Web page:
Posted on August 31, 2010 by Aron Goldman
“The market looks the other way when it comes to neighborhoods like this too often.”
Governor Patrick was in the North End last week, and he made it clear that the deep disparities exemplified by the North End are unacceptable. And at the same time, he spoke about transcending neighborhood boundaries, and his campaign’s commitment to engaging infrequent voters in minority communities (contrary to conventional campaign strategy). Video below. We invite any candidate to offer their perspectives on civic engagement and the issues that have been identified by our stakeholders as priorities (see left).
Filed under: Civil/human rights, Economic & workforce development, Housing & community development, Local democracy & civic engagement | Leave a comment »
Posted on June 14, 2010 by Aron Goldman
One out of every twenty-one MA residents are under correctional control (Source: Pew Report). Only four other states arrest more of its citizens than we do. Nationally, one in eighteen men, and one in eleven black men and women, are in the system. Even after your sentence is complete, your criminal record (CORI) can follow you for life.
To help prevent misdemeanors from becoming life sentences, activists (Neighbor to Neighbor, Jobs with Justice) have been pushing for CORI reform for years. The work is starting to pay off. Reform legislation recently passed the MA House and Senate (with support from community activists and the criminal justice officials alike), and it is in conference now. Governor Patrick is ready to sign it.
Springfield resident, Orlando Ramos, came to our offices this morning to explain how the legislation works, and the implications for residents (video below). And on June 30th, the Springfield Health Disparities Project has organized a “CORI Independence Day” event to help residents understand their rights, seal their records, and move on (flyer here, PDF).
Filed under: Civil/human rights, Economic & workforce development, Health disparities, Local democracy & civic engagement, Public safety & criminal justice | 1 Comment »
Posted on June 2, 2010 by Marcos A. Marrero
El Sol Latino, June 2010
This month’s issue of El Sol Latino (ESL) features the backlash generated from the new Arizona immigration policy, which has been rejected by civil rights groups across the Nation. SB 1070 has won the Grand Canyon State a boycott from Los Angeles and other cities have considered similar measures, including Springfield.
The dangers of the new Arizona immigration policy, which directs police to determine the immigration status of a person “where reasonable suspicion exists that the person is an alien”, are exemplified through a recent story presented by NBC in Chicago last week, and covered on the Huffington Post. The article spotlights Eduardo Caraballo, a Puerto Rican and US citizen who was detained for three days by federal officials on suspicion of residing in the US illegally, despite providing adequate identification. As Congressman Luis Gutierrez says in the interview “In Arizona, they want everybody to be able to prove they’re legally in the country. They want everybody to prove that they’re an American citizen. Here we had an American citizen, that the federal government – not state authorities – but the Federal government, with all their technology and all the information capacity they had… could not determine, for more than three days, his status as an American citizen. It’s very, very, very dangerous ground to tread.”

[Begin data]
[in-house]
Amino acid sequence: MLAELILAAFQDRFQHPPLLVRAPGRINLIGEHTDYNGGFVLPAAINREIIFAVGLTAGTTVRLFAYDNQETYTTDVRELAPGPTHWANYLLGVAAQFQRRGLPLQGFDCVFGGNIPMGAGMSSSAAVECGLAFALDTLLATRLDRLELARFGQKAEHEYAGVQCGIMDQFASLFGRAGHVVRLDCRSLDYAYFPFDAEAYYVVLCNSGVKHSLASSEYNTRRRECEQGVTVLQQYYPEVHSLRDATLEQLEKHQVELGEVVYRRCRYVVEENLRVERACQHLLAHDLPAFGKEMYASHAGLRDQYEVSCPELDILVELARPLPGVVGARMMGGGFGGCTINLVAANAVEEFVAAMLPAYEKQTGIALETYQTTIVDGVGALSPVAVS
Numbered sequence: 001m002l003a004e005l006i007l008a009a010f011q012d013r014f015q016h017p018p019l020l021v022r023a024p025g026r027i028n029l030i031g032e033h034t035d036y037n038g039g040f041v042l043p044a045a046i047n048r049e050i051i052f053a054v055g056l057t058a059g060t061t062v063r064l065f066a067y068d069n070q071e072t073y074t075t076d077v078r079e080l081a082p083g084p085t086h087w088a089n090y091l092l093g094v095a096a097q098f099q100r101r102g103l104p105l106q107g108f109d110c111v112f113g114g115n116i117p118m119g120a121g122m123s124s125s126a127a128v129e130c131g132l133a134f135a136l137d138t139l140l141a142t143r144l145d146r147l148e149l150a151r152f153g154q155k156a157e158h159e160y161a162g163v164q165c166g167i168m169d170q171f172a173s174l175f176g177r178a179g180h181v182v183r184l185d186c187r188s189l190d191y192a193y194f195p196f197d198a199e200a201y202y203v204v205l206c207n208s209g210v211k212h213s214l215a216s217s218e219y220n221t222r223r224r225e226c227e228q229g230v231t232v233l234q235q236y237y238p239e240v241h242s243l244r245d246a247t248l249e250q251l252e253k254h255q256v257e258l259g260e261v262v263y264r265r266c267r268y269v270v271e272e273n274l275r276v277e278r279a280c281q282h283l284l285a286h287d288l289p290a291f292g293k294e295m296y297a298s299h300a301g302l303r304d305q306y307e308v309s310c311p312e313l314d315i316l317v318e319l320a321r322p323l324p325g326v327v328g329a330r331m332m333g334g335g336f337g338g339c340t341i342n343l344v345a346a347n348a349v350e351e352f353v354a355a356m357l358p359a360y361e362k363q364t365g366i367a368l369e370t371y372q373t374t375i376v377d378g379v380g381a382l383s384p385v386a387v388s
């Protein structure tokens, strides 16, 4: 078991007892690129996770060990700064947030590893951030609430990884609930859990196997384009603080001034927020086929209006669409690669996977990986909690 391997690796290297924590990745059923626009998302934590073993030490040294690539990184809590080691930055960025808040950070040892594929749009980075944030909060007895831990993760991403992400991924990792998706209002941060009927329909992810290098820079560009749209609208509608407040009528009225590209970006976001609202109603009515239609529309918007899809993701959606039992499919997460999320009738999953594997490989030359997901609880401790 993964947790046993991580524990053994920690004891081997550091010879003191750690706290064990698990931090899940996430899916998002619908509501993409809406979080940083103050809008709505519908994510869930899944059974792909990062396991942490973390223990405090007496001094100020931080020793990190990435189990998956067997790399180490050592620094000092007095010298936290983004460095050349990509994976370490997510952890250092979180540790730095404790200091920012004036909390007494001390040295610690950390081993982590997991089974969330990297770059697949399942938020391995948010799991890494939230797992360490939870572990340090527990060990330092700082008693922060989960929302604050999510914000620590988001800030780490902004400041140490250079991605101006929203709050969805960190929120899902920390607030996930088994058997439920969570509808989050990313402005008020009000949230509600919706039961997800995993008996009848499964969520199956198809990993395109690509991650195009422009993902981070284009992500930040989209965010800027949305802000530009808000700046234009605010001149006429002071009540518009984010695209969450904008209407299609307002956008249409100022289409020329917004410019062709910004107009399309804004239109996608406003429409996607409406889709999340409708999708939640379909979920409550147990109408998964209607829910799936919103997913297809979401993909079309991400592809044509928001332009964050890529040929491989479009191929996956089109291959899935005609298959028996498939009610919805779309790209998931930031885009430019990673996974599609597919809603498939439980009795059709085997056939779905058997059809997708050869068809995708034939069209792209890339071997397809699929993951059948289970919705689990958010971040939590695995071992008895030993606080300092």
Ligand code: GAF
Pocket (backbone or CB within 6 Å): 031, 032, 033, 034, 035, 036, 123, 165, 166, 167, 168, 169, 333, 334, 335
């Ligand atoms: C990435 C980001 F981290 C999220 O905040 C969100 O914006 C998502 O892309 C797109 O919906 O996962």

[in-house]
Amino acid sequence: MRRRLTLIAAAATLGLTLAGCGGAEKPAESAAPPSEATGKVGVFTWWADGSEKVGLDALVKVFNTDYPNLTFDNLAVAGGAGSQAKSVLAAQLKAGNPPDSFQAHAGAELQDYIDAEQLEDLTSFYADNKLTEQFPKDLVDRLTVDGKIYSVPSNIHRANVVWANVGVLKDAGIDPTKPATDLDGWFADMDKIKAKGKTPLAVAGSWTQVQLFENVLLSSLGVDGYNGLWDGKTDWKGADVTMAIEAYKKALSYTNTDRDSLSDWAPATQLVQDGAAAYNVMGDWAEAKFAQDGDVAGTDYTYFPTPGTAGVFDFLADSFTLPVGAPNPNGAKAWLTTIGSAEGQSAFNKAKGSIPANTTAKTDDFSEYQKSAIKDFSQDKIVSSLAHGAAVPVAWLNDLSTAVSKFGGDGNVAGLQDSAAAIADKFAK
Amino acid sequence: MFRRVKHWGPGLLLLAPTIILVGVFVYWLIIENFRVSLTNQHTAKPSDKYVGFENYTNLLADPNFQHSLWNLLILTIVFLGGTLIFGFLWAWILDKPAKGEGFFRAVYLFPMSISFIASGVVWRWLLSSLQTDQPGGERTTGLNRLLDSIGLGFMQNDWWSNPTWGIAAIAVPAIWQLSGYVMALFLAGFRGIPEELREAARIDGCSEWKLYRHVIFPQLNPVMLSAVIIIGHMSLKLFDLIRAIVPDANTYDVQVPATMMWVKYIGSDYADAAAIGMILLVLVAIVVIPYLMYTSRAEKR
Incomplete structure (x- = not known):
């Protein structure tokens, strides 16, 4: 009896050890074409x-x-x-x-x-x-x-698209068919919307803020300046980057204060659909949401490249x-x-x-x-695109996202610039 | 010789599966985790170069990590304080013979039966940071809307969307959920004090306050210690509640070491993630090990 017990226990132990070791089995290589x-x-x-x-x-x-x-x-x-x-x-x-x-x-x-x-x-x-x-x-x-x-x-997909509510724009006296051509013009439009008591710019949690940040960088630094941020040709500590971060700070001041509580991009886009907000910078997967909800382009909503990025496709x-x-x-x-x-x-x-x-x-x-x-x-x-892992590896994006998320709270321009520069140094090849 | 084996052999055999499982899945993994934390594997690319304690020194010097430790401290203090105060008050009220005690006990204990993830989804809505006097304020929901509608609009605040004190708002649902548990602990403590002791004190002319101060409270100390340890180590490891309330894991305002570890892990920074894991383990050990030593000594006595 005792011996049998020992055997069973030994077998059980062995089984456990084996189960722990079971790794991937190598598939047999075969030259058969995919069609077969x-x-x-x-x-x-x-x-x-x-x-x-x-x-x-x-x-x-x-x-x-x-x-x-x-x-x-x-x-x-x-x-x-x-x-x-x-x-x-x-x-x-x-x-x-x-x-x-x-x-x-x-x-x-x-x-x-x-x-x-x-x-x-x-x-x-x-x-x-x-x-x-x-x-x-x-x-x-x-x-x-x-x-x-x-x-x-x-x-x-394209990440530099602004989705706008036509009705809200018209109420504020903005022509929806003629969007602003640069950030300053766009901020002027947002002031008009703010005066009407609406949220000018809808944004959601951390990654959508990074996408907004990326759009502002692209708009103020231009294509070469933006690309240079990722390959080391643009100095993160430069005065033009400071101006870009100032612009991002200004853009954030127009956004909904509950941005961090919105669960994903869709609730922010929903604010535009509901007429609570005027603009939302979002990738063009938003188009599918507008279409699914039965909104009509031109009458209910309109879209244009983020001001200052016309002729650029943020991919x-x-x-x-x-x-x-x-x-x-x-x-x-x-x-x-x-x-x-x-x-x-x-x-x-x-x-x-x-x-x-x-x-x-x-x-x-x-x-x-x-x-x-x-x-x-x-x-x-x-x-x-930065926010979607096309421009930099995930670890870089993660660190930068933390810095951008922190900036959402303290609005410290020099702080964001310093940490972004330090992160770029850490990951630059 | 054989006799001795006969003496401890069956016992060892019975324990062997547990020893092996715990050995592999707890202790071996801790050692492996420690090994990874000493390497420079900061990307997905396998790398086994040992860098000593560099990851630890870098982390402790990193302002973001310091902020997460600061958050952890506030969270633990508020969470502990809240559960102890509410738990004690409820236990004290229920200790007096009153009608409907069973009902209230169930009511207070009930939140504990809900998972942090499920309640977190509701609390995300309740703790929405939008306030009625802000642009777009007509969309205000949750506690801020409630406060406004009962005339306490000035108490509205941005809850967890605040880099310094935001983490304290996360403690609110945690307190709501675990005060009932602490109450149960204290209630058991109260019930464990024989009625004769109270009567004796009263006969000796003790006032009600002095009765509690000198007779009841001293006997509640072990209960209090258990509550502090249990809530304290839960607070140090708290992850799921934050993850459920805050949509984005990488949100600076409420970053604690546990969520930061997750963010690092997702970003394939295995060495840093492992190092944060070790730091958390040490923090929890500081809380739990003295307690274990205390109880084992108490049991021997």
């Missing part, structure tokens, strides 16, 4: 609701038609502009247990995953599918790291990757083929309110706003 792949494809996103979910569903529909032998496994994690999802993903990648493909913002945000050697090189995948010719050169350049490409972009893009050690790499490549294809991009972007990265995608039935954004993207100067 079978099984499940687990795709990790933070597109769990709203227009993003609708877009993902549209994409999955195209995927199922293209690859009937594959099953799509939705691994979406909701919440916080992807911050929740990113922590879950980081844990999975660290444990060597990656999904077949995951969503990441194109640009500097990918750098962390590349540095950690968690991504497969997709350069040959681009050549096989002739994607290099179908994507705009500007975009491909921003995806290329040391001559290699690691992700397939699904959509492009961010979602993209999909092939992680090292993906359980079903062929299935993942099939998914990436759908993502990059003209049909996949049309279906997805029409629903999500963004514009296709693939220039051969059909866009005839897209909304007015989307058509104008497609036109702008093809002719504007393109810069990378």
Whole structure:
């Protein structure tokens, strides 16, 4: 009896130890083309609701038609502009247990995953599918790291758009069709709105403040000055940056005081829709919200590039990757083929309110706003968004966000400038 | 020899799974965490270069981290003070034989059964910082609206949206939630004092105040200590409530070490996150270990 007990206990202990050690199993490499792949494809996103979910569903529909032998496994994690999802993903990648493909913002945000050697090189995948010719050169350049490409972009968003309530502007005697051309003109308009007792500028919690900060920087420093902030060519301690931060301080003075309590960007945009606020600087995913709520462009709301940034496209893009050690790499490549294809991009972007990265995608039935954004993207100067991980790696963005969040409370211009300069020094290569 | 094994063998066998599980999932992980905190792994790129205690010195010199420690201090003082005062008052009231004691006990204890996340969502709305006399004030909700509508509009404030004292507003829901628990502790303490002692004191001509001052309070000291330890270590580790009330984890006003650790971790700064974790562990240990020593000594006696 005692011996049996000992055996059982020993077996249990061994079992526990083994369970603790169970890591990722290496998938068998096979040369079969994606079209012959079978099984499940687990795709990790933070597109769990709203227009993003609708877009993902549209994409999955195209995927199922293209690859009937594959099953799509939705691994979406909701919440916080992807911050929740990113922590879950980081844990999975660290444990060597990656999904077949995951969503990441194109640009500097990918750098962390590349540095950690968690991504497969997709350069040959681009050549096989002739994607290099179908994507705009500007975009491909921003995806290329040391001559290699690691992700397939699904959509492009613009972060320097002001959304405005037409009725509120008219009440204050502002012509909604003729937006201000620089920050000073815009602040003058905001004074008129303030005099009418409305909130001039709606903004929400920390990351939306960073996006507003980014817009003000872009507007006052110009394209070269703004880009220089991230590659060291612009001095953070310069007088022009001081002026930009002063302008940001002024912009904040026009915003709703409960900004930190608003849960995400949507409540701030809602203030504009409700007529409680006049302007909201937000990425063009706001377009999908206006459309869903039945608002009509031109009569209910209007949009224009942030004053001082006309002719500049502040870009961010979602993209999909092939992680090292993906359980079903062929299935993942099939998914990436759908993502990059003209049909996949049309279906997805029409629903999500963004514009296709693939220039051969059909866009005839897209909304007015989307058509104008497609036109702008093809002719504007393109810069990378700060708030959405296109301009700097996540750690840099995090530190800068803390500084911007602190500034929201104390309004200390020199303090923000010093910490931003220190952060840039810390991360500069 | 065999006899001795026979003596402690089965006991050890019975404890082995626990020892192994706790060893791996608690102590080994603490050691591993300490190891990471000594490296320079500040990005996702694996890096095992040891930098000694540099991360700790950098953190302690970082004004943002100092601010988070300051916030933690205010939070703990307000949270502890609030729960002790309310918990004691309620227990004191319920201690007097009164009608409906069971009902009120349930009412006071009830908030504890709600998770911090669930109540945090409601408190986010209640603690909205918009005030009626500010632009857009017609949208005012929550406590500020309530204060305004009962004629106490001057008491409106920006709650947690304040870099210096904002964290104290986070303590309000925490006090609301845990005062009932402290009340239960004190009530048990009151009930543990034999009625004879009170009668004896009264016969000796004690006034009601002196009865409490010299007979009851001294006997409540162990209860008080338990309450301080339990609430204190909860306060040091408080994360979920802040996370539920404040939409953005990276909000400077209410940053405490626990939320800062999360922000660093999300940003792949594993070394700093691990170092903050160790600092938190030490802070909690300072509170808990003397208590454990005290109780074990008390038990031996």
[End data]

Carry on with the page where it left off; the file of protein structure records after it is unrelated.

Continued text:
This edition of ESL also shares three recent studies related to the Latino immigrant community. The first, by the Pew Hispanic Center profiles the latest Hispanic Demography in the US, where Latino’s are accounted for by Nationality and insightful statistics are provided regarding their language, educational attainment, income level and regional dispersion. A second study, also by Pew finds that Hispanics in the US reach the lowest attainment of General Education Degrees (GED) amongst High School dropouts, when compared to Whites and Blacks. The last of these articles suggest that parenting practices amongst Latino communities plays a favorable role in their children’s success. This stems from a study by the American Psychological Association (APA) that found Latino children displayed skills “at levels equal to those of white non-Latino children, despite vast differences in family income between the groups”.
In news from the Caribbean, ESL includes Economic news from the Dominican Republic, and prominently summarizes the University of Puerto Rico student strike, which has had 10 of its 11 campuses paralyzed for 41 days after the University Governing Board undertook drastic measures which would increase the cost of higher education in the system.
Pick up a copy of El Sol Latino or access the latest version here.
Filed under: Civil/human rights, El Sol Latino, Public education, charter schools | Leave a comment »